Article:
SOLUTION: Nassau Community College Handsomest Drowned Man In The World Short Essay

The Handsomest Drowned Man In The World
by: Gabriel Garcia Marquez
THE FIRST CHILDREN who saw the dark and slinky bulge approaching through the sea let themselves
think it was an enemy ship. Then they saw it had no flags or masts and they thought it was a whale. But
when it washed up on the beach, they removed the clumps of seaweed, the jellyfish tentacles, and the
remains of fish and flotsam, and only then did they see that it was a drowned man. They had been
playing with him all afternoon, burying him in the sand and digging him up again, when someone
chanced to see them and spread the alarm in the village. The men who carried him to the nearest house
noticed that he weighed more than any dead man they had ever known, almost as much as a horse, and
they said to each other that maybe he’d been floating too long and the water had got into his bones.
When they laid him on the floor they said he’d been taller than all other men because there was barely
enough room for him in the house, but they thought that maybe the ability to keep on growing after
death was part of the nature of certain drowned men. He had the smell of the sea about him and only his
shape gave one to suppose that it was the corpse of a human being, because the skin was covered with a
crust of mud and scales. They did not even have to clean off his face to know that the dead man was a
stranger. The village was made up of only twenty-odd wooden houses that had stone courtyards with no
flowers and which were spread about on the end of a desertlike cape. There was so little land that
mothers always went about with the fear that the wind would carry off their children and the few dead
that the years had caused among them had to be thrown off the cliffs. But the sea was calm and bountiful
and all the men fitted into seven boats. So when they found the drowned man they simply had to look at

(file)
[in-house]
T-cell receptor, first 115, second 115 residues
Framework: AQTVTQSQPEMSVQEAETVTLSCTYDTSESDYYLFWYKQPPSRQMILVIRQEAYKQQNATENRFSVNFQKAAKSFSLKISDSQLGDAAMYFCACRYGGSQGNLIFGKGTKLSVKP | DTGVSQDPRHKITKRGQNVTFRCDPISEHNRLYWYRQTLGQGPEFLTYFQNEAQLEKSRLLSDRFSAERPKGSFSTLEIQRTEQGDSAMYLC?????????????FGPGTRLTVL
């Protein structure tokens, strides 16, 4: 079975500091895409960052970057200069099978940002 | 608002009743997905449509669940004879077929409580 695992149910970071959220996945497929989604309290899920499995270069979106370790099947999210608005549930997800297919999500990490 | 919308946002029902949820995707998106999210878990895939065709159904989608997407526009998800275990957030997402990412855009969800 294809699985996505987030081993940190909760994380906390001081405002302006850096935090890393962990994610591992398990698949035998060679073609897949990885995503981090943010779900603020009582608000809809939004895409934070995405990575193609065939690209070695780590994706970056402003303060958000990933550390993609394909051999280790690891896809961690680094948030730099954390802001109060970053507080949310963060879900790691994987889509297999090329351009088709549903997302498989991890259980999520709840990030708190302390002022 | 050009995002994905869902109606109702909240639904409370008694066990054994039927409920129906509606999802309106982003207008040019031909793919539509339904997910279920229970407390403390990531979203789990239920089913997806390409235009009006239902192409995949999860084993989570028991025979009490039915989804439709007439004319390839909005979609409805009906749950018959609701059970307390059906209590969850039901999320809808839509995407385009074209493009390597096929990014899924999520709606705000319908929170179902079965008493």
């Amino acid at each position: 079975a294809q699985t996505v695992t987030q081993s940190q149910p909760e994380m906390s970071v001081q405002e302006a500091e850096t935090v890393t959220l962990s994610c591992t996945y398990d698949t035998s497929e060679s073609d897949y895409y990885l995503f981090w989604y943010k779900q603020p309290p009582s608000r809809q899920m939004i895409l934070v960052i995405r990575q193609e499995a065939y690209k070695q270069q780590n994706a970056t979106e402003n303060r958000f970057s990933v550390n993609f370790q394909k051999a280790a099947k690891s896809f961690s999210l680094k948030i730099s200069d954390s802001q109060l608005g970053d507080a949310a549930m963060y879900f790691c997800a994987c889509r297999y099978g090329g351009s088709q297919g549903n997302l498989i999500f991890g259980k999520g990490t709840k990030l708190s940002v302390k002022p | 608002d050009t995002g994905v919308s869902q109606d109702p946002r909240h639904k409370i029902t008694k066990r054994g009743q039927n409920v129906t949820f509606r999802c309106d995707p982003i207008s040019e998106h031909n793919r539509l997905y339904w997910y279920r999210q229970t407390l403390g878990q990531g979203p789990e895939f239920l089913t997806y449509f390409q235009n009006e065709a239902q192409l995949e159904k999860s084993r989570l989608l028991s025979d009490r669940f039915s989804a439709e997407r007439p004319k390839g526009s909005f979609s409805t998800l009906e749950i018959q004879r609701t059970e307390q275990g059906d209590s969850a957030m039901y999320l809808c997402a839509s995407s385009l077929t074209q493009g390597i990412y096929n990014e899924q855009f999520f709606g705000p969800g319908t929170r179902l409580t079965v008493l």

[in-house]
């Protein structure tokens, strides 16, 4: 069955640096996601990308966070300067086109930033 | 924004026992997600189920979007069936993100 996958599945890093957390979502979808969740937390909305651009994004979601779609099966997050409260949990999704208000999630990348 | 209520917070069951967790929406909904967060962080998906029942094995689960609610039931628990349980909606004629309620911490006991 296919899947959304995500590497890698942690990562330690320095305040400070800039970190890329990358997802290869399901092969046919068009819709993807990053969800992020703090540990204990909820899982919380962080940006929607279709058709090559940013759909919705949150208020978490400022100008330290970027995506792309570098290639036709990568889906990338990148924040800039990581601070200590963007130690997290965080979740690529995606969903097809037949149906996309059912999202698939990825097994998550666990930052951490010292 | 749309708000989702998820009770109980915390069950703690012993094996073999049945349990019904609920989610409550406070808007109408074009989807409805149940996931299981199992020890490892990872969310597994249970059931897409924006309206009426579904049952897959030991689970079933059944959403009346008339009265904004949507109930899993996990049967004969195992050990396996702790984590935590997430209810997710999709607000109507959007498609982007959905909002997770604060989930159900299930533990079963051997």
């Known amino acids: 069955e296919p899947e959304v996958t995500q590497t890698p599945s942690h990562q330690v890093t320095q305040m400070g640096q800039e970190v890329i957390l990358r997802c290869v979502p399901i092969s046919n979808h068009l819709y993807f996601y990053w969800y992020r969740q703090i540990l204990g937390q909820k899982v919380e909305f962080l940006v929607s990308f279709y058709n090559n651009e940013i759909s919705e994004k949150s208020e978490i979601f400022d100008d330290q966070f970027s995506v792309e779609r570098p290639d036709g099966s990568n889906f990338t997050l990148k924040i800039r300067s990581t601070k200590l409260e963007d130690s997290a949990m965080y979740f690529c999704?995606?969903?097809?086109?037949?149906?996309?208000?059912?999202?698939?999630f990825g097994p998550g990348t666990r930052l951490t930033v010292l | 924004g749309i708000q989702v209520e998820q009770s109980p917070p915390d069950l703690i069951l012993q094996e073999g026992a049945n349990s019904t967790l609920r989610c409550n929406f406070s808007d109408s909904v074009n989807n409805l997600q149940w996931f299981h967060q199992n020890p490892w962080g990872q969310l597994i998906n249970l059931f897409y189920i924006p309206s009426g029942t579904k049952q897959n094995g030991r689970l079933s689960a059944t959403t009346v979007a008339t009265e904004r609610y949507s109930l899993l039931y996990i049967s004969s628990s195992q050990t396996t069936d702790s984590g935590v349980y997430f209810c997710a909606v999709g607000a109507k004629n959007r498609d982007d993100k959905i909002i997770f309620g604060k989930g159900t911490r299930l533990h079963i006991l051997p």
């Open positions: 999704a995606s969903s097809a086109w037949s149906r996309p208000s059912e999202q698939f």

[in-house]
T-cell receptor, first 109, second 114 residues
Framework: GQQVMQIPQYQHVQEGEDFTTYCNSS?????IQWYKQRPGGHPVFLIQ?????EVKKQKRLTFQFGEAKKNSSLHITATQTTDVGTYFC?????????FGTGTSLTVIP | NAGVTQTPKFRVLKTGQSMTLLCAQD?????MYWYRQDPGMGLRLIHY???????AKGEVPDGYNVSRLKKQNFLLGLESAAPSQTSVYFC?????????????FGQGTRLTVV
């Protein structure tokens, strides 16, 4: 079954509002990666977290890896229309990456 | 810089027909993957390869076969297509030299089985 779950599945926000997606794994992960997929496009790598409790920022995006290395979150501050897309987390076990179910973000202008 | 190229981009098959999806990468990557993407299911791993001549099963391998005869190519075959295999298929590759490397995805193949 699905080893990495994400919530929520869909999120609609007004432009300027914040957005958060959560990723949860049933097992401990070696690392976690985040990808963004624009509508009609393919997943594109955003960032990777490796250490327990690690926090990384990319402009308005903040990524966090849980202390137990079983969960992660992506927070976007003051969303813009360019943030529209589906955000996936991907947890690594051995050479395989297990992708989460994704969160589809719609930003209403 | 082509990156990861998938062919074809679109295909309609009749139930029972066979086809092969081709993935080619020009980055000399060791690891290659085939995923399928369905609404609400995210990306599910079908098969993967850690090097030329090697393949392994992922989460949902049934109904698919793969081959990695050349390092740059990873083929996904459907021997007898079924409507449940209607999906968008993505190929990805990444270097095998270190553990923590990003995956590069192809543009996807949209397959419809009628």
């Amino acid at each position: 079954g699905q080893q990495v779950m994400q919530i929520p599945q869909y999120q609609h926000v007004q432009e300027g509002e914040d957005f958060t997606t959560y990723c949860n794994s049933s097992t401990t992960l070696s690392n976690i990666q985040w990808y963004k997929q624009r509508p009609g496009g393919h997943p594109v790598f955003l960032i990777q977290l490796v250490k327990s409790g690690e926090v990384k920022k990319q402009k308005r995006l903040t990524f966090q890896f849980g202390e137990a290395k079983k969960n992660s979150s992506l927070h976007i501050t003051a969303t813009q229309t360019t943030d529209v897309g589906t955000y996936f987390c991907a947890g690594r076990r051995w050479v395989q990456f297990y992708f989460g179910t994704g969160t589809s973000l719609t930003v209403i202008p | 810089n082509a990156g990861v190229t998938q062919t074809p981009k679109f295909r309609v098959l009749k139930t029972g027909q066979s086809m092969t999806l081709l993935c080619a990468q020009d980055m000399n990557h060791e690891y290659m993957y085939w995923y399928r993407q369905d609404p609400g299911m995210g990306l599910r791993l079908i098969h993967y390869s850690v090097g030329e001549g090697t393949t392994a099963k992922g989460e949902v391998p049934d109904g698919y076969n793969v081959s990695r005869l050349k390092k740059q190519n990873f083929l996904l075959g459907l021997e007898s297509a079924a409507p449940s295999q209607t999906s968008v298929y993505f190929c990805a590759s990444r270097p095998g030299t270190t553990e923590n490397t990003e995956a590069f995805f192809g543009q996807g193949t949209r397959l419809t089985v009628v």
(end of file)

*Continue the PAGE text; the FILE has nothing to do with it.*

one another to see that they were all there.
That night they did not go out to work at sea. While the men went to find out if anyone was missing in
neighboring villages, the women stayed behind to care for the drowned man. They took the mud off
with grass swabs, they removed the underwater stones entangled in his hair, and they scraped the crust
off with tools used for scaling fish. As they were doing that they noticed that the vegetation on him
came from faraway oceans and deep water and that his clothes were in tatters, as if he had sailed through
labyrinths of coral. They noticed too that he bore his death with pride, for he did not have the lonely look
of other drowned men who came out of the sea or that haggard, needy look of men who drowned in
rivers. But only when they finished cleaning him off did they become aware of the kind of man he was
and it left them breathless. Not only was he the tallest, strongest, most virile, and best built man they had
ever seen, but even though they were looking at him there was no room for him in their imagination.
They could not find a bed in the village large enough to lay him on nor was there a table solid enough to
use for his wake. The tallest men’s holiday pants would not fit him, nor the fattest ones’ Sunday shirts,
nor the shoes of the one with the biggest feet. Fascinated by his huge size and his beauty, the women then